COVID-19 is an emerging infectious disease and a pandemic affecting millions of people worldwide. The article by the Centers for Disease Control and Prevention (CDC) (2021) discusses several aspects of COVID-19, such as protection from the virus, prevention of the spread, and recommendations for testing and symptomatic treatment. According to the organization, using a mask, avoiding crowds, and washing hands regularly may stop the dissemination of the infection. The authors further suggest that older adults and patients with pre-existing conditions are at risk of complications and severe COVID-19. The CDC also offers advice on coping with stress through daily exercise, family/friends’ support, and spiritual practices.
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COVID-19 considerably impacted the nursing practice, as it underlined the need for proper hand hygiene, social distancing, and face masks for effective virus protection. The use of antibacterial agents became widespread in hospitals in addition to regular handwashing for the prevention of nosocomial infections (Laureate Education, 2009). My clinical practice has changed due to the outbreak because patient safety, communication, and education became more important than ever. Sabin et al. (2020) define emerging infections as previously unknown or newly identified diseases, which spread locally or globally. Currently, there are about 400 emerging pathogens and 175 species responsible for 75% of all recently discovered diseases (Sabin et al., 2020). Coronaviruses are reoccurring infectious agents, which caused the outbreaks of severe acute respiratory syndrome (SARS) and the Middle East respiratory syndrome (MERS) from 2002 to 2012. However, COVID-19 might be described as emerging since the novel strain of coronavirus first appeared in Wuhan, China, in 2019 and continues to infect people across the globe.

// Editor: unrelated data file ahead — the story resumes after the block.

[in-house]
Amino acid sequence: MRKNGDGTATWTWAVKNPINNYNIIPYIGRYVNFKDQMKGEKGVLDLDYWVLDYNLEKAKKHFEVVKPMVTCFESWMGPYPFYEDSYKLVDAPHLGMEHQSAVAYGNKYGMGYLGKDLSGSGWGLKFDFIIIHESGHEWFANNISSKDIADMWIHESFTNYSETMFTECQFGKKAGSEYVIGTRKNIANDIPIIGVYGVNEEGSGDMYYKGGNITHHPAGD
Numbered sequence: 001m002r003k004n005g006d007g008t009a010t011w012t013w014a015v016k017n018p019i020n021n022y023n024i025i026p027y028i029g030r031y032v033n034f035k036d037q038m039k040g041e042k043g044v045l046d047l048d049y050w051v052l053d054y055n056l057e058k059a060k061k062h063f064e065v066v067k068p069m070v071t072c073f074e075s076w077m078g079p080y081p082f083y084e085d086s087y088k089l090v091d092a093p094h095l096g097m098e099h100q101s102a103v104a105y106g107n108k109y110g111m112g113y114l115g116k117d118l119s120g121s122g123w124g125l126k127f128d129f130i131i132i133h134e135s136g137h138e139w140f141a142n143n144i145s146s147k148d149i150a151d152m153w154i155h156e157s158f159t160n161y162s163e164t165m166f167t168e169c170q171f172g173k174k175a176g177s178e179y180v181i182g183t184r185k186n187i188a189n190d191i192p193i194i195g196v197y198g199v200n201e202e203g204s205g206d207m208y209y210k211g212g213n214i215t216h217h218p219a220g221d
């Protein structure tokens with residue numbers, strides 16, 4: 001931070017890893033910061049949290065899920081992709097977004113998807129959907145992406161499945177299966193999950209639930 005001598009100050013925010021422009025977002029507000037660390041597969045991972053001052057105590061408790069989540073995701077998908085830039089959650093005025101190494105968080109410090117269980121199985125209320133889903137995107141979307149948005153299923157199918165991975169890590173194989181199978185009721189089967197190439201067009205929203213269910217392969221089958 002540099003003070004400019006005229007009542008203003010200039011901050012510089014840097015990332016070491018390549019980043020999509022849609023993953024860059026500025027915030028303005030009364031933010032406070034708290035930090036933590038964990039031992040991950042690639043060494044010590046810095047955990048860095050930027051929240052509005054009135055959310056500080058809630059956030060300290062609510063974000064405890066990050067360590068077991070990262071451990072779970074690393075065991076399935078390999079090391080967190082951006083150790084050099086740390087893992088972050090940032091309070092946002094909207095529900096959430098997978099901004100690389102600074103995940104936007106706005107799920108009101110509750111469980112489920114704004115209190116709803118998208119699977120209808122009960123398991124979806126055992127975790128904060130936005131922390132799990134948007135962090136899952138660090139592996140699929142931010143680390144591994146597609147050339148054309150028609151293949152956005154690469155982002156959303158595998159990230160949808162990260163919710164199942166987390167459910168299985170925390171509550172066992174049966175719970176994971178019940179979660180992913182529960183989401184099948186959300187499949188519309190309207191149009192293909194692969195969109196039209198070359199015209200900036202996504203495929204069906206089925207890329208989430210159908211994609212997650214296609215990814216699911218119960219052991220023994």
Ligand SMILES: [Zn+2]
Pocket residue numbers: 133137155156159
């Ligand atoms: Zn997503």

I am certain that nurses play a crucial role in preventing and managing infectious diseases. As a nurse, I witnessed significant health disparities in my community and realized that accessible COVID-19 treatment should be provided for vulnerable populations suffering from emerging infectious diseases. African-American and Hispanic patients are exposed to a disproportionate risk of coronavirus-associated death (Alcendor, 2020). Nursing advocacy for government support of ethnic minorities, elderly patients, and low-income individuals may improve the outcomes and decrease mortality from infectious diseases among the affected populations. Additionally, nurses should educate patients on the importance of hygiene, face masks, and social distancing to protect them from COVID-19 and preventable hospital-acquired infections. Thus, nurses can delay the spread of diseases and improve their patients’ health via active advocacy and education.
Alcendor, D. (2020). Racial disparities-associated COVID-19 mortality among minority populations in the US. Journal of Clinical Medicine, 9(8). Web.
CDC. (2021). Things to know about the COVID-19 pandemic. Centers for Disease Control and Prevention. Web.
Laureate Education (Producer). (2009). Topics in clinical nursing: Emerging and re-emerging infections across the lifespan [Video]. Author.
Sabin, N. S., Calliope, A. S., Simpson, S. V., Arima, H., Ito, H., Nishimura, T., & Yamamoto, T. (2020). Implications of human activities for (re)emerging infectious diseases, including COVID-19. Journal of Physiological Anthropology, 39(29). Web.
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